You have to bear with me on this one. I don’t find my way to the real point for a bit, but I do get there. I’m really looking for ideas.
Years ago, I read Zen and the Art of Motorcycle Maintenance. The book was a good read and I remember enjoying it. It made me think about some things I had taken for granted. Only one thing from that book, however, stayed with me. The book chronicles a cross country motorcycle trip of discovery by a father and son. While waiting for repairs to be done on their motorcycles in a small town in Montana, the father suggests that the son draw a picture of the old Jail in town. The son looks at the jail from where he is sitting across the street and declares (paraphrasing), “I can’t draw that. It is too complicated.” To which, the father replies, “Sure you can. Just draw one brick at a time.” Every time I am overwhelmed by the scope of a task, I remember to look at it one brick at a time.
I am currently overwhelmed by the task of being a good citizen and doing my part to right the wrongs in our country today. The list is long and varied. Our economy is weaker than it has been at any time in my life. Family values, integrity and ethics seem to be only old-fashioned notions that don’t fit in our modern society. Our country seems to be more about sizzle than steak – paying entertainers millions of dollars a year while teachers and nurses and secretaries and farm workers make little over minimum wage, it seems. Our Constitution and our Borders and Security seem to be under constant and determined attack. We don’t trust our government yet we continue to turn over more of our responsibilities to government. Our public education system seems to be turning out a product that can’t compete in today’s world while the cost of providing that education soars through the roof. We are living longer but are less healthy. We have unprecedented communications networks and tools, yet we don’t talk to one another. The list would fill a book.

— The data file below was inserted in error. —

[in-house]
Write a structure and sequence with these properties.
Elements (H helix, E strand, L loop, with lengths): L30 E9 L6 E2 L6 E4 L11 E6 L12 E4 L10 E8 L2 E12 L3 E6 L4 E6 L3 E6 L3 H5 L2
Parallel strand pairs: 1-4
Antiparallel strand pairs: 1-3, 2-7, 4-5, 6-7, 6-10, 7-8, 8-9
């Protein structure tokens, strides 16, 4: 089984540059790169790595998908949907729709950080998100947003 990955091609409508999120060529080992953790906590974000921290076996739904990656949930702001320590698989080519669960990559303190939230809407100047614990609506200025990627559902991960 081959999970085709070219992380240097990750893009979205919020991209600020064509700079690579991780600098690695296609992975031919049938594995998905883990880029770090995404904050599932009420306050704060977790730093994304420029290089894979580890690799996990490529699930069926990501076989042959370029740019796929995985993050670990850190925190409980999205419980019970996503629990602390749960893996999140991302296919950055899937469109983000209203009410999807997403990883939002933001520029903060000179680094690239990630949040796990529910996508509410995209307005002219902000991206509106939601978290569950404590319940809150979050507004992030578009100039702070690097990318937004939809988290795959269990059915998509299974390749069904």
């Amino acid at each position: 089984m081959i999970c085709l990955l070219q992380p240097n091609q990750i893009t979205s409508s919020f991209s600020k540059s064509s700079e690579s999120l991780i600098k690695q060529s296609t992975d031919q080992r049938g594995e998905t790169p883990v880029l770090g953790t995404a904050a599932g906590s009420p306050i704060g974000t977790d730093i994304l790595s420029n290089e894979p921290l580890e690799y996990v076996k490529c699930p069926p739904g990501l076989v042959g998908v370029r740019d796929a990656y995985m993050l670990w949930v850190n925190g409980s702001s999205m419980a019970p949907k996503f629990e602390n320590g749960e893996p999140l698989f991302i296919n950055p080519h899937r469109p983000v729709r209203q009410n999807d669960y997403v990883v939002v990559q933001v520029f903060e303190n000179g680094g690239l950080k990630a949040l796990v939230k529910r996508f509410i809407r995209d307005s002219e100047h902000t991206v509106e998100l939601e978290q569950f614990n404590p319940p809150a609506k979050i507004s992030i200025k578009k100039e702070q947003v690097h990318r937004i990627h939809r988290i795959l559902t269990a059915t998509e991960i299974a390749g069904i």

Peggy Noonan wrote a piece for the Wall Street Journal a few days ago that talked about the discouragement of the American People. She concludes that we, for the first time as a nation, see problems we can’t fix, not challenges that drive us to greater accomplishments. She points the finger at our leadership in politics and business and she may be right. Though I am often discouraged by our times, I remain an optimist and of the belief that there is no challenge too big for the American People.
So, maybe what I (we) need to do is draw one brick at a time. If Peggy Noonan is right, maybe the best place to start is with government and political leadership. It makes sense to start here since Federal Government spending, alone, accounted for over 37% of the U.S. GDP in 2008 (far more now with Trillion Dollar Stimulus and Health care programs). I ask my self, what is the best way to make our political leadership more responsive to the people, not the lobbiests, and how can we take back much of the control of our lives that we have ceded to government. Let’s start with a discussion of some ideas that would change our government and our politicians into the people’s tools and assets from the current state where our government and our politicians control much of what we do and consume much of the fruit of our labors without a reasonable return.